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Heading to Veterinary School, Martina Jackson Hopes to Improve the Lives of Animals and Humans

When it comes to animals, Martina Jackson ’14, a biology major from South Brunswick heading to veterinary school next fall at the University of Pennsylvania, is a scientist, philosopher and devotee, all rolled into one.

“I grew up with lots of animals – some of them pretty weird – including hamsters, an iguana, a dog, six brown chickens, mice, and a frog named Aristotle. I always felt connected to them, but I was also really interested in them as well. They represented another life that was different from mine,” Jackson recounts.

Her journey to veterinary school began in earnest after she briefly toyed with the idea of medical school, but decided to follow her passion.

“I looked at the highest requirements at the top schools,” she said, ultimately logging in more than 700 hours of experience outside of the classroom: shadowing veterinarians; volunteering at a zoo; participating in the leadership program at the School of Veterinary Medicine at St. George’s University in Grenada; and working on animal research with NJIT professors.

Last summer, she provided what is known as hippotherapy – physical therapy conducted on horseback that helps patients improve motor coordination, balance, and composure by moving with the horse’s rhythms – at Rocking Horse Rehab in West Orange. She was a docent on Sundays at Turtle Back Zoo, also in West Orange, describing the habits and habitats of reptiles to visiting children. “I felt like a teaching assistant,” she recalled.

On campus, Jackson, a member of the Albert Dorman Honors College, dove into animal research with a stint in the laboratory of Eric Fortune, an associate professor of biology who studies the complex behaviors of glass knifefish, a species of three-inch long electric fish that lives in the Amazon Basin. She then took a graduate course with him in comparative animal physiology as she embarked on her senior capstone project on contagious cancers circulating in canine and Tasmanian devil populations.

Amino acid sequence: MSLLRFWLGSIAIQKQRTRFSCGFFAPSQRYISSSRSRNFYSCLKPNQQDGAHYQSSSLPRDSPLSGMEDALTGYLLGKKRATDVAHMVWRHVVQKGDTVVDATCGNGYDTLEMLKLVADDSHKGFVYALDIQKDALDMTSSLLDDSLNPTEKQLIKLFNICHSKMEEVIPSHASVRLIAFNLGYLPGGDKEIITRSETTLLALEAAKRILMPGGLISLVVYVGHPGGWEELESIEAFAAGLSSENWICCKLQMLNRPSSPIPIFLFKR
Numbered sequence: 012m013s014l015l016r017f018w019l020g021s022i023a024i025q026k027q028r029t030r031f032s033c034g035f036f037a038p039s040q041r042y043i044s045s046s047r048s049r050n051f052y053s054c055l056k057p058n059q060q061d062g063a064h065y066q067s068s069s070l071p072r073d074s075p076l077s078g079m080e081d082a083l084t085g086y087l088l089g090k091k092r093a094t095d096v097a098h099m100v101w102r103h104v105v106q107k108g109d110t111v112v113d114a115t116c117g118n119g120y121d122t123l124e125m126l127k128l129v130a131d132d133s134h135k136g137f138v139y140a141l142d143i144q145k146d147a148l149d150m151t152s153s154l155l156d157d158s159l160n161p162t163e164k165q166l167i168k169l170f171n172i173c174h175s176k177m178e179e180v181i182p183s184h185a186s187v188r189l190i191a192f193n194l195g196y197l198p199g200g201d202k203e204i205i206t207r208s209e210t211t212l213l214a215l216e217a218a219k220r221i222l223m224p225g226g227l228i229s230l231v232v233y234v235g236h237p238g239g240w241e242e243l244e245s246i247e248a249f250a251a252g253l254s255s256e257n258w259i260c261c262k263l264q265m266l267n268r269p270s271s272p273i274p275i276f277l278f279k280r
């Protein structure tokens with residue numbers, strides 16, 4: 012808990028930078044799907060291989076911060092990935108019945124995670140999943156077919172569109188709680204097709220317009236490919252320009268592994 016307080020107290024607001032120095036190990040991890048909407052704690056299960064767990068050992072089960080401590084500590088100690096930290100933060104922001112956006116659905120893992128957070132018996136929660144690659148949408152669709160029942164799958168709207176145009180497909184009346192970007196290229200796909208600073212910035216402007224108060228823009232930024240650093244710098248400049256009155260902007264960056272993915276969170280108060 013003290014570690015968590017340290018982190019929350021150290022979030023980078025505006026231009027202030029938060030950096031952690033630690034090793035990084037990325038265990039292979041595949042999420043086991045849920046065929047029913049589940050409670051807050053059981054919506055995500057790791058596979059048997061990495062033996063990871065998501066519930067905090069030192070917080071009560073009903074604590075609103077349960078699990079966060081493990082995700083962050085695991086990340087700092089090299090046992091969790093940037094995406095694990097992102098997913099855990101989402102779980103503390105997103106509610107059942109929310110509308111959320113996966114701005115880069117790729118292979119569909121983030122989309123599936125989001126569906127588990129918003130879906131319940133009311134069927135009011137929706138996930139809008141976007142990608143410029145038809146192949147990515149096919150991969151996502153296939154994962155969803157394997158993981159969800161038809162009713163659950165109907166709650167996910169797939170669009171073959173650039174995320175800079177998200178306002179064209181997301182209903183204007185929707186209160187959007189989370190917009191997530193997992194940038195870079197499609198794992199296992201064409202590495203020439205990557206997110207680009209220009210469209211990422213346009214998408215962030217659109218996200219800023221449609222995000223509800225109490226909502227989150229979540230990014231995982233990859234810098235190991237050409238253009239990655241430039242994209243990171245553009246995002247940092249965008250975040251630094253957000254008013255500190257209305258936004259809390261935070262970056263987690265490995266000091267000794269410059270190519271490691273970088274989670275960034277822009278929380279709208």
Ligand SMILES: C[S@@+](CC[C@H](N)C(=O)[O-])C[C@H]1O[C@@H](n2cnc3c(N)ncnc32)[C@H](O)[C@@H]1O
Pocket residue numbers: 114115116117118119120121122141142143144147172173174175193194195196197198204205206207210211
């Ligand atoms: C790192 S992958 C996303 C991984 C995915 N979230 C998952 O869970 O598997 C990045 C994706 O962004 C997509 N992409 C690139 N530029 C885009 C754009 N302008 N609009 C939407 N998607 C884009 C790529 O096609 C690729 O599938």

“Professor Fortune is one of my favorite teachers at NJIT,” she says. “His classes are a lot of fun, because he’s able to make you feel that your academic work is not just important, but really enjoyable as well.”

Jackson was no less diligent about her graduate school search.

“I shadowed at a local veterinary hospital, where I worked with four doctors. But I did not know much about the veterinary school community, so I made a point of visiting all of my veterinary schools of interest,” she said, adding that her advisers in NJIT’s Educational Opportunity Program (EOP) helped smooth the way.

Last winter, Crystal Smith, an EOP associate director for counseling, urged her to attend a conference at Purdue University and provided funds for the trip in part so that she could scope out the university’s veterinary school.

“Tony Howell (the executive director of the EOP) also helped me tremendously, putting me in touch with NJIT alumni at a couple of schools, including Ohio State, where someone he knew picked me up at the airport. These personal connections were great,” said Jackson, who picked the University of Pennsylvania from among the seven schools that accepted her.

While she is not yet sure how she will use her degree, she will likely work with both large and small animals and also conduct research in comparative medicine, applying her knowledge as a veterinarian to improve our understanding of human diseases.

But Jackson, who minored in philosophy and applied ethics, says her interest in becoming a veterinarian transcends the clinical.  “Some people think of themselves as dominant to animals, but I believe there is life beyond ours and I am really interested in our relationship with them. We depend on them,” she says.